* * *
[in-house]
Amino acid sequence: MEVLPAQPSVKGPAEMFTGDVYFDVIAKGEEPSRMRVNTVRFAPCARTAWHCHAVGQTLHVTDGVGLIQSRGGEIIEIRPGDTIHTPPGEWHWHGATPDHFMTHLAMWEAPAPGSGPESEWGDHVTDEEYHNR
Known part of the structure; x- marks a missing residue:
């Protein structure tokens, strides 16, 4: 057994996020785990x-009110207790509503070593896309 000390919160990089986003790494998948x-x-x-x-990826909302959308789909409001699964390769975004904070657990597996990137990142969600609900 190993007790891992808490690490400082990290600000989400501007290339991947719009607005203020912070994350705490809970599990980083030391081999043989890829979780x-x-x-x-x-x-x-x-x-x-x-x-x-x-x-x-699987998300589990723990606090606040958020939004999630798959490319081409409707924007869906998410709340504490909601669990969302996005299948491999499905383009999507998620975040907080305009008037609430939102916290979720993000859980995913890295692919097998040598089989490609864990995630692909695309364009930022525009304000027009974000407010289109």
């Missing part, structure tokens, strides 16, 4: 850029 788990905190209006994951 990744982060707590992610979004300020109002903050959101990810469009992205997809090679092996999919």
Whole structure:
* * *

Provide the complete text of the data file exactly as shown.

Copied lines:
[in-house]
Amino acid sequence: MEVLPAQPSVKGPAEMFTGDVYFDVIAKGEEPSRMRVNTVRFAPCARTAWHCHAVGQTLHVTDGVGLIQSRGGEIIEIRPGDTIHTPPGEWHWHGATPDHFMTHLAMWEAPAPGSGPESEWGDHVTDEEYHNR
Known part of the structure; x- marks a missing residue:
């Protein structure tokens, strides 16, 4: 057994996020785990x-009110207790509503070593896309 000390919160990089986003790494998948x-x-x-x-990826909302959308789909409001699964390769975004904070657990597996990137990142969600609900 190993007790891992808490690490400082990290600000989400501007290339991947719009607005203020912070994350705490809970599990980083030391081999043989890829979780x-x-x-x-x-x-x-x-x-x-x-x-x-x-x-x-699987998300589990723990606090606040958020939004999630798959490319081409409707924007869906998410709340504490909601669990969302996005299948491999499905383009999507998620975040907080305009008037609430939102916290979720993000859980995913890295692919097998040598089989490609864990995630692909695309364009930022525009304000027009974000407010289109």
């Missing part, structure tokens, strides 16, 4: 850029 788990905190209006994951 990744982060707590992610979004300020109002903050959101990810469009992205997809090679092996999919």
Whole structure: